Severe Periodontitis Predicts Higher Cirrhosis Mortality

Dentistry Today


Severe periodontitis as defined by standard periodontology criteria strongly predicts higher all-cause mortality among patients with irreversible scarring of the liver, or cirrhosis, according to an international team of researchers. Presented at the International Liver Congress 2017 in Amsterdam, the study enrolled 184 consecutive patients with cirrhosis who received oral health assessments and were followed for an average of a year. 

“Periodontitis may act as a persistent source of oral bacterial translocation, causing inflammation and increasing cirrhosis complications,” said Lea Ladegaard Grønkjaer, PhD, RN, of the Aarhus University Hospital in Denmark and lead author of the study. “As it can be treated successfully, however, we hope that our findings motivate more trials on this subject.”

When the study began, 44% of the patients had severe periodontitis. Nearly half of the included patients died during the follow-up. The association of periodontitis with mortality was adjusted for age, gender, cirrhosis etiology, Child-Pugh score, Model of End-Stage Liver Disease score, smoker status, present alcohol use, co-morbidity, and nutritional risk score. Mortality was mostly attributable to complications of cirrhosis.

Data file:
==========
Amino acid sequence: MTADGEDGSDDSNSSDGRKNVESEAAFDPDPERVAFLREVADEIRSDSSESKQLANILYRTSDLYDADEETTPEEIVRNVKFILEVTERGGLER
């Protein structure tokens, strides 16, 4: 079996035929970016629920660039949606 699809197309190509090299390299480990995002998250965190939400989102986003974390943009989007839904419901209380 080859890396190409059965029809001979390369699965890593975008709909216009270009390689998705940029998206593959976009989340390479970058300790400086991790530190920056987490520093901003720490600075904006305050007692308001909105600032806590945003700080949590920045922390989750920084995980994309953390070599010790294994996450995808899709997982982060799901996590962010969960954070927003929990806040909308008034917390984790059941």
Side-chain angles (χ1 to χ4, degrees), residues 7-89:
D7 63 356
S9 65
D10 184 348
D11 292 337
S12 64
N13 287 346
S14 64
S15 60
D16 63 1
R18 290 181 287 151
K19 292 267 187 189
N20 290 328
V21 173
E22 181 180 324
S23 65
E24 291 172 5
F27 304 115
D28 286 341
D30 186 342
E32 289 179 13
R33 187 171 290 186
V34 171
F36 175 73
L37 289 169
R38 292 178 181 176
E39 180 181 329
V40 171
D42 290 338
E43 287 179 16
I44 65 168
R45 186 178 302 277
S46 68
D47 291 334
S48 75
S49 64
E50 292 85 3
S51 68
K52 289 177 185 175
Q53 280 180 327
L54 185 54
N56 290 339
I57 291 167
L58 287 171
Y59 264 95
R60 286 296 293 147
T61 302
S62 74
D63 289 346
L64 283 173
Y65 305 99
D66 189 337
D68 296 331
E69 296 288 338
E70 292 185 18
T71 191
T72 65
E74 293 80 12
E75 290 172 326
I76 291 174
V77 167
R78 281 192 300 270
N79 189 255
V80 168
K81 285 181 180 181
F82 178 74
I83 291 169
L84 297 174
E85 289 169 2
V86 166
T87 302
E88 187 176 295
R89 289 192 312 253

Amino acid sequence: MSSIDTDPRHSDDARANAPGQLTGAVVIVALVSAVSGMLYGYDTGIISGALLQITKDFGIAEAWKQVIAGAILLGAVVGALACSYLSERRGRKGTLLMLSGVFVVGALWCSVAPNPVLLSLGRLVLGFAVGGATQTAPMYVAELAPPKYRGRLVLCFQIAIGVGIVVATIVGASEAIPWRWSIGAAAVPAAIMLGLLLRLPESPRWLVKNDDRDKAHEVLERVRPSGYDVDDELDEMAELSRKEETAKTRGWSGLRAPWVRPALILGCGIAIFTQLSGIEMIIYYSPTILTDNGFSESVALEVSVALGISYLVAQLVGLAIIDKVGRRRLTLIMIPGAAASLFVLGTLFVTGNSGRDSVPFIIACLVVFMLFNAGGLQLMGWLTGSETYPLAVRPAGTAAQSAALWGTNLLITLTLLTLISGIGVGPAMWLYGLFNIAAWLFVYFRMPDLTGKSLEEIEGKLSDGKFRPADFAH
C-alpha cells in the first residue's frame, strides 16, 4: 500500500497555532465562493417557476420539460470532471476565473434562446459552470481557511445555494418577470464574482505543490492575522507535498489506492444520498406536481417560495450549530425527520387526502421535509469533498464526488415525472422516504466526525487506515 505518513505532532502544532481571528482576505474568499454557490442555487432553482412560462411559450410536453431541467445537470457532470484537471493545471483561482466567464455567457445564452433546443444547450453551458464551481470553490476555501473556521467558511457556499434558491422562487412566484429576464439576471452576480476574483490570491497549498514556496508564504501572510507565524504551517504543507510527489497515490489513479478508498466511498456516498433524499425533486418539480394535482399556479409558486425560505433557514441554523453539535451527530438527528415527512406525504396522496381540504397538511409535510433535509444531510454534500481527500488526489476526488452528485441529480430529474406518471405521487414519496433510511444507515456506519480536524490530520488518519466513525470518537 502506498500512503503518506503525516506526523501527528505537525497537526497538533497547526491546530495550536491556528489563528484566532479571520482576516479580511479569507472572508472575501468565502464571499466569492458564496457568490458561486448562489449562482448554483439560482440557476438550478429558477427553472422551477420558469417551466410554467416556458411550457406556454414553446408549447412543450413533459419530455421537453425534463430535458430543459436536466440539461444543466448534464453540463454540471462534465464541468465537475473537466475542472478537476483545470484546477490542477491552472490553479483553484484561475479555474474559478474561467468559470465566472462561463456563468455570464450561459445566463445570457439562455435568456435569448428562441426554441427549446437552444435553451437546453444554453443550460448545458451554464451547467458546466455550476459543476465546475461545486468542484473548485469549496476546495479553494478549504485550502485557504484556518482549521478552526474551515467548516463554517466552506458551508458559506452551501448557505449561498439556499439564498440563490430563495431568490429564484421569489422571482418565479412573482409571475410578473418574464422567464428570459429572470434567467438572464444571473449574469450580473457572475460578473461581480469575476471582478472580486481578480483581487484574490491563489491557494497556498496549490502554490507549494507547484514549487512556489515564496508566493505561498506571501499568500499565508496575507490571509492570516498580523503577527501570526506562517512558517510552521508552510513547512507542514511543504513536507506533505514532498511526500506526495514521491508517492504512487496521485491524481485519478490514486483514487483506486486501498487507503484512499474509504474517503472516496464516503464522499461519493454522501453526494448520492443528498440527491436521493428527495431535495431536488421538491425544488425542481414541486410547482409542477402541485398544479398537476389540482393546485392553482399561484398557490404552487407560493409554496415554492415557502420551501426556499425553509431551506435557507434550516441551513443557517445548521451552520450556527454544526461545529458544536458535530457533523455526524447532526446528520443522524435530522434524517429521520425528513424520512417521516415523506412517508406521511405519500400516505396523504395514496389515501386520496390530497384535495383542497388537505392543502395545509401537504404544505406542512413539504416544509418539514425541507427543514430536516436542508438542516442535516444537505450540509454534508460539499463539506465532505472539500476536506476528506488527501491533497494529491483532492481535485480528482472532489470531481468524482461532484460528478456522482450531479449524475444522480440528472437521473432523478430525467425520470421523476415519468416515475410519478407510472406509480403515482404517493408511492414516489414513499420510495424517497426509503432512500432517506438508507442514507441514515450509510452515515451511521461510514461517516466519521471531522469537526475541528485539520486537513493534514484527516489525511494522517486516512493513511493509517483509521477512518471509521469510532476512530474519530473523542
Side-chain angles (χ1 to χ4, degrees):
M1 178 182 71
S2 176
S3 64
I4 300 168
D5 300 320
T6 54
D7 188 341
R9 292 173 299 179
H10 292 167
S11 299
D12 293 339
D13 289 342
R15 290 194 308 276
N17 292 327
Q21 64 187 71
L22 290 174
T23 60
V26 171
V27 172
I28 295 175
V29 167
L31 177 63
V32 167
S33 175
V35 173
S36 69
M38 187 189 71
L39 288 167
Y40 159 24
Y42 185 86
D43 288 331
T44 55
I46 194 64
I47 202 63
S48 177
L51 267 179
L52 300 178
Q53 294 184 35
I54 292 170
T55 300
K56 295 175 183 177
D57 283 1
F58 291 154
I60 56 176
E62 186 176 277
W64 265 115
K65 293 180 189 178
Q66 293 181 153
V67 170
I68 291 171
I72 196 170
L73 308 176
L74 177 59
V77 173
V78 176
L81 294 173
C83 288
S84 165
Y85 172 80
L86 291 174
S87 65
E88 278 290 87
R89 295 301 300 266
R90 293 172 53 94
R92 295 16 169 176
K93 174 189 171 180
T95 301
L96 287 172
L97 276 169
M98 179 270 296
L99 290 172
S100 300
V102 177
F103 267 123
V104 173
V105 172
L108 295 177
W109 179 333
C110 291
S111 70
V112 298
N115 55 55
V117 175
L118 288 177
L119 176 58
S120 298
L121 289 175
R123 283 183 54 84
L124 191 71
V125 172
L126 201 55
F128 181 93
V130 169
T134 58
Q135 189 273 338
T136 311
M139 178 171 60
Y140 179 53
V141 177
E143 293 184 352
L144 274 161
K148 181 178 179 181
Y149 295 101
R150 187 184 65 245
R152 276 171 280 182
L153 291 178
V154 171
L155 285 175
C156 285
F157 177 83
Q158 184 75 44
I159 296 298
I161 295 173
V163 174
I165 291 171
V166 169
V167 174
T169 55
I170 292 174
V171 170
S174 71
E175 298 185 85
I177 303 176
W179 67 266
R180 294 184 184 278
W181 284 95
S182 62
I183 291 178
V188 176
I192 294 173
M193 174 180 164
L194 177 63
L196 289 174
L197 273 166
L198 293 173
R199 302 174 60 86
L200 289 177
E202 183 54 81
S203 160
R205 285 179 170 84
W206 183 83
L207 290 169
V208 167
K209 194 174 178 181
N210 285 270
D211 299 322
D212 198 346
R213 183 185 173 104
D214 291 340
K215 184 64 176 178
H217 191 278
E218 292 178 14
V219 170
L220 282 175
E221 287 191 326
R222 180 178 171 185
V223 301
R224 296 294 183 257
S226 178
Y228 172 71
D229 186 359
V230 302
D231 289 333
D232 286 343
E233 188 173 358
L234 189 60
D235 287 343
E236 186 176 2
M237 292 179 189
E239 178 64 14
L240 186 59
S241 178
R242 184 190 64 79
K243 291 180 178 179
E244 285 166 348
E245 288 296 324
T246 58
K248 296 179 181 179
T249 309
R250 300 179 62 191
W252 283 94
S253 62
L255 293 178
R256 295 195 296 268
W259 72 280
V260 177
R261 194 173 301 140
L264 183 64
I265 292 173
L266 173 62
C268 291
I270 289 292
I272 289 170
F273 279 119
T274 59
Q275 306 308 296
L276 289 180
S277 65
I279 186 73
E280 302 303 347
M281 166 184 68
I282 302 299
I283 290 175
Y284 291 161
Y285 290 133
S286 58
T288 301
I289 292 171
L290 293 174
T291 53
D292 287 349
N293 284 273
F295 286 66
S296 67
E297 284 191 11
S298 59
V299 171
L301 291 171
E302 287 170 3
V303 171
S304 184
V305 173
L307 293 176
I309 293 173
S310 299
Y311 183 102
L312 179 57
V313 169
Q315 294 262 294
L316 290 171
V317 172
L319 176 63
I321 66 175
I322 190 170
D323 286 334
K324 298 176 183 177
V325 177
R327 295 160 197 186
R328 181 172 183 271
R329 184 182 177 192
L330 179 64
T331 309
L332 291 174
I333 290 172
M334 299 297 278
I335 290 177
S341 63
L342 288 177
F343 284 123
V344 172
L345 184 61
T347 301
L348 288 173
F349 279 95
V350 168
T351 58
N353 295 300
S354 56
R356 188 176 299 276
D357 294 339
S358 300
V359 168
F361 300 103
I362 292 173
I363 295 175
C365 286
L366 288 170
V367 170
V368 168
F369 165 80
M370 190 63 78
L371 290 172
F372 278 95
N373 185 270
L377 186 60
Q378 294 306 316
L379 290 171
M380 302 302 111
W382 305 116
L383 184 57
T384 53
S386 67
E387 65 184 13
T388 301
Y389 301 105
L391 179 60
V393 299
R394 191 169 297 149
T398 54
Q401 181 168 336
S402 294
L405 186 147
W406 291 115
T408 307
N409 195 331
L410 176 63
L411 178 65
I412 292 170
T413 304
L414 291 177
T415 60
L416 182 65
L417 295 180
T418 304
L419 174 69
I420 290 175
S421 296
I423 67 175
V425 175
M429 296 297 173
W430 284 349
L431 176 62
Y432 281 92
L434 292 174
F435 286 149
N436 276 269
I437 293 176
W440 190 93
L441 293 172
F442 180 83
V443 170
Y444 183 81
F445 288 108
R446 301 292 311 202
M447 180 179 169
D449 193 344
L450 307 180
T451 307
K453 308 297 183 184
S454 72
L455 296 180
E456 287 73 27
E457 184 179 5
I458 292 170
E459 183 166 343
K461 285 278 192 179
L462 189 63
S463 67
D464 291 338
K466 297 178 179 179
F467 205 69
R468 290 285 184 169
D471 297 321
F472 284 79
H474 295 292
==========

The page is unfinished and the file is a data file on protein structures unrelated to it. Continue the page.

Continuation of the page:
In Europe, the researchers noted, cirrhosis is responsible for 1% to 2% of all deaths and is the leading cause of liver transplantation. Meanwhile, more than 35% of the European adult population has periodontitis, with 10% to 15% having severe forms of the disease. Previous studies have suggested that periodontitis is involved in the progression of liver diseases and that it has a negative impact on the clinical course after liver transplantation.

“This study demonstrates the association between gum disease and risk of death in patients with liver disease,” said Philip Newsome, PhD, of the Centre for Liver Research at the University of Birmingham in the United Kingdom and governing board member of the European Association for the Study of the Liver. “Further studies are now required to determine if improving gum care can improve outcomes in patients with liver cirrhosis.”

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